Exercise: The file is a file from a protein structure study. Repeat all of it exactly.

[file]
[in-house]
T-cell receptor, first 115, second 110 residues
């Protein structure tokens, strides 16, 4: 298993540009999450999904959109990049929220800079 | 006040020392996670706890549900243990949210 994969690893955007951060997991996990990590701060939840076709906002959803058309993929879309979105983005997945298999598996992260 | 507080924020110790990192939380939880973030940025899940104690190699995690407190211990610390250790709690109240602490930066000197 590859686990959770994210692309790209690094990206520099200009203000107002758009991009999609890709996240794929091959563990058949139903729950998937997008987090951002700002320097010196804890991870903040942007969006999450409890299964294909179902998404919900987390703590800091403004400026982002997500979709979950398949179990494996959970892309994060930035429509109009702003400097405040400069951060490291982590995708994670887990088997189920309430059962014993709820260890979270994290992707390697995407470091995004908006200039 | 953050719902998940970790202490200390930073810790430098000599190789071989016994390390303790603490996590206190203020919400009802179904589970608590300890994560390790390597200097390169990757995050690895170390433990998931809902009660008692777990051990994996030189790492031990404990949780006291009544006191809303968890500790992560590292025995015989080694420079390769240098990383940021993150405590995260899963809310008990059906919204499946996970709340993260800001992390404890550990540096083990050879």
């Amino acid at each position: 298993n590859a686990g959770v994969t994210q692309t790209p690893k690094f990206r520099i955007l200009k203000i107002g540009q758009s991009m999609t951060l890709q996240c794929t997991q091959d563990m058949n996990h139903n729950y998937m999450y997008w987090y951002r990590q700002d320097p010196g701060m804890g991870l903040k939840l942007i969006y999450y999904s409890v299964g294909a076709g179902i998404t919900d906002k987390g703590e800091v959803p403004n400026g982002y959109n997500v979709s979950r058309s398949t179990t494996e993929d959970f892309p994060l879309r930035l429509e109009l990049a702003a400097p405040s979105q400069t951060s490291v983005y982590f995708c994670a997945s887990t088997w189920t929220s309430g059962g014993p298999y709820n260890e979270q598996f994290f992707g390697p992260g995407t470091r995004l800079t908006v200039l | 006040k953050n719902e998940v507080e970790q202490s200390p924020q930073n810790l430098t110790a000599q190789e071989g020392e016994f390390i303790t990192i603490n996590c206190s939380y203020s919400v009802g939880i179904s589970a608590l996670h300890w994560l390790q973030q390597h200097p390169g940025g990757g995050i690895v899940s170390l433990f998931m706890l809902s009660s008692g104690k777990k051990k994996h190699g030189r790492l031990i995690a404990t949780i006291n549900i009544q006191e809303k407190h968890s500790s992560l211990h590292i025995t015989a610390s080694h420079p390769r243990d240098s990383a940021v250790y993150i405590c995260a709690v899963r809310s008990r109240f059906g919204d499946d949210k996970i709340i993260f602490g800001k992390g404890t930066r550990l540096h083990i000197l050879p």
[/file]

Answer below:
[in-house]
T-cell receptor, first 115, second 110 residues
């Protein structure tokens, strides 16, 4: 298993540009999450999904959109990049929220800079 | 006040020392996670706890549900243990949210 994969690893955007951060997991996990990590701060939840076709906002959803058309993929879309979105983005997945298999598996992260 | 507080924020110790990192939380939880973030940025899940104690190699995690407190211990610390250790709690109240602490930066000197 590859686990959770994210692309790209690094990206520099200009203000107002758009991009999609890709996240794929091959563990058949139903729950998937997008987090951002700002320097010196804890991870903040942007969006999450409890299964294909179902998404919900987390703590800091403004400026982002997500979709979950398949179990494996959970892309994060930035429509109009702003400097405040400069951060490291982590995708994670887990088997189920309430059962014993709820260890979270994290992707390697995407470091995004908006200039 | 953050719902998940970790202490200390930073810790430098000599190789071989016994390390303790603490996590206190203020919400009802179904589970608590300890994560390790390597200097390169990757995050690895170390433990998931809902009660008692777990051990994996030189790492031990404990949780006291009544006191809303968890500790992560590292025995015989080694420079390769240098990383940021993150405590995260899963809310008990059906919204499946996970709340993260800001992390404890550990540096083990050879």
């Amino acid at each position: 298993n590859a686990g959770v994969t994210q692309t790209p690893k690094f990206r520099i955007l200009k203000i107002g540009q758009s991009m999609t951060l890709q996240c794929t997991q091959d563990m058949n996990h139903n729950y998937m999450y997008w987090y951002r990590q700002d320097p010196g701060m804890g991870l903040k939840l942007i969006y999450y999904s409890v299964g294909a076709g179902i998404t919900d906002k987390g703590e800091v959803p403004n400026g982002y959109n997500v979709s979950r058309s398949t179990t494996e993929d959970f892309p994060l879309r930035l429509e109009l990049a702003a400097p405040s979105q400069t951060s490291v983005y982590f995708c994670a997945s887990t088997w189920t929220s309430g059962g014993p298999y709820n260890e979270q598996f994290f992707g390697p992260g995407t470091r995004l800079t908006v200039l | 006040k953050n719902e998940v507080e970790q202490s200390p924020q930073n810790l430098t110790a000599q190789e071989g020392e016994f390390i303790t990192i603490n996590c206190s939380y203020s919400v009802g939880i179904s589970a608590l996670h300890w994560l390790q973030q390597h200097p390169g940025g990757g995050i690895v899940s170390l433990f998931m706890l809902s009660s008692g104690k777990k051990k994996h190699g030189r790492l031990i995690a404990t949780i006291n549900i009544q006191e809303k407190h968890s500790s992560l211990h590292i025995t015989a610390s080694h420079p390769r243990d240098s990383a940021v250790y993150i405590c995260a709690v899963r809310s008990r109240f059906g919204d499946d949210k996970i709340i993260f602490g800001k992390g404890t930066r550990l540096h083990i000197l050879p």